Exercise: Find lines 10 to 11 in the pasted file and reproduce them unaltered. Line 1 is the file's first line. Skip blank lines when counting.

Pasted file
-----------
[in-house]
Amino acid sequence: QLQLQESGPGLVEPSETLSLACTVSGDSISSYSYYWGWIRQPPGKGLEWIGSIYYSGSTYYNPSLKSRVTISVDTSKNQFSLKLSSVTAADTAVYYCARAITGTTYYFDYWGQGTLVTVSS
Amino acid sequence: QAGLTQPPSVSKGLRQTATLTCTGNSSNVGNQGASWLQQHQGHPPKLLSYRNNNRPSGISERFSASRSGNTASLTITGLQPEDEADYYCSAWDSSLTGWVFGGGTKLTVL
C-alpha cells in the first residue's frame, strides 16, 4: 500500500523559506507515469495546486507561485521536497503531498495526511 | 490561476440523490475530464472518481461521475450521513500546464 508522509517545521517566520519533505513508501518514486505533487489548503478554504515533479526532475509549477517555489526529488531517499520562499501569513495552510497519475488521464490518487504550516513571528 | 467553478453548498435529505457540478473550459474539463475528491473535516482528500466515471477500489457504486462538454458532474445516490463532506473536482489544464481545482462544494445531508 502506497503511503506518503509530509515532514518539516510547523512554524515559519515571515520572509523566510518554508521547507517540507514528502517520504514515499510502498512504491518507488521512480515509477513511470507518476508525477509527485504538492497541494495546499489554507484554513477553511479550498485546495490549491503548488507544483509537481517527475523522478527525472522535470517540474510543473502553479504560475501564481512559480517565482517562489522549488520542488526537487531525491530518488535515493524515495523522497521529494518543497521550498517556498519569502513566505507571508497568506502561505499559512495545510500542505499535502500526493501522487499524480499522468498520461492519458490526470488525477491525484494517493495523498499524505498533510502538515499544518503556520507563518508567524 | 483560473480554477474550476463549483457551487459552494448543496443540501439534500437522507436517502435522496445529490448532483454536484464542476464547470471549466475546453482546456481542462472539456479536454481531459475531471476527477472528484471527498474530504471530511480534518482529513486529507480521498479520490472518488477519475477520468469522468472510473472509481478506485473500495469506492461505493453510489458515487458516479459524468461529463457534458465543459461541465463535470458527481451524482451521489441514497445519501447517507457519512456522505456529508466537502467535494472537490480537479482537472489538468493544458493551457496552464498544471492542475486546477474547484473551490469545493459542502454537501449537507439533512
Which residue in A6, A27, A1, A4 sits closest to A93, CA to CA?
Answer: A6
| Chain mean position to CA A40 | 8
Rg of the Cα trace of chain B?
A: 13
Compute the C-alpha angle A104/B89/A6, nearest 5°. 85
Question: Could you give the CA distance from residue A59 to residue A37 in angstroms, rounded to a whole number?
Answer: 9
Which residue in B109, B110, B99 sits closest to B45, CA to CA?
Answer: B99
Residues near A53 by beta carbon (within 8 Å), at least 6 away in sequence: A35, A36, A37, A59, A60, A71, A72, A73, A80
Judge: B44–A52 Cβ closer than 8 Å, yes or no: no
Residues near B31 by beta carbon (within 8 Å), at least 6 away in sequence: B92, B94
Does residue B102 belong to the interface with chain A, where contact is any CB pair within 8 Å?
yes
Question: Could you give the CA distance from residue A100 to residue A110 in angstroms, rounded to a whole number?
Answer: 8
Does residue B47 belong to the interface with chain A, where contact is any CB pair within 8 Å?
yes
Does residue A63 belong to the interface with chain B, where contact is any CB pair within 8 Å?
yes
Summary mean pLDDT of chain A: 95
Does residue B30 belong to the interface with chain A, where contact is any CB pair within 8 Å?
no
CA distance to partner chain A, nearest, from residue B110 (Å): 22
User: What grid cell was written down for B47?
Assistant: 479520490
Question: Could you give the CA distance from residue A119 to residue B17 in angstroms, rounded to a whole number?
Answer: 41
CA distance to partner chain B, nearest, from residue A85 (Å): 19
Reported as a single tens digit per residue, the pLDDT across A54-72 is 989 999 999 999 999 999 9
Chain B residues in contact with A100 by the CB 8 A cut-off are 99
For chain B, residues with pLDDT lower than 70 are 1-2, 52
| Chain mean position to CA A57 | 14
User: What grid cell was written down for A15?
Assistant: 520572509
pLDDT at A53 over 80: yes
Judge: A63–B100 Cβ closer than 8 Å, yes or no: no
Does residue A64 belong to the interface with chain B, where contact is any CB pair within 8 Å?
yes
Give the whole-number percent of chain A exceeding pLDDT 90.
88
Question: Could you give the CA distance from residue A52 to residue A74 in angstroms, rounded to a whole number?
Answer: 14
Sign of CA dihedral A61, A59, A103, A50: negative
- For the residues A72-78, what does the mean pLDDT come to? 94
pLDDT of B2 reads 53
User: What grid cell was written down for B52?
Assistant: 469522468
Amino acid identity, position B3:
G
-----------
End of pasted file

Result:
Compute the C-alpha angle A104/B89/A6, nearest 5°. 85
Question: Could you give the CA distance from residue A59 to residue A37 in angstroms, rounded to a whole number?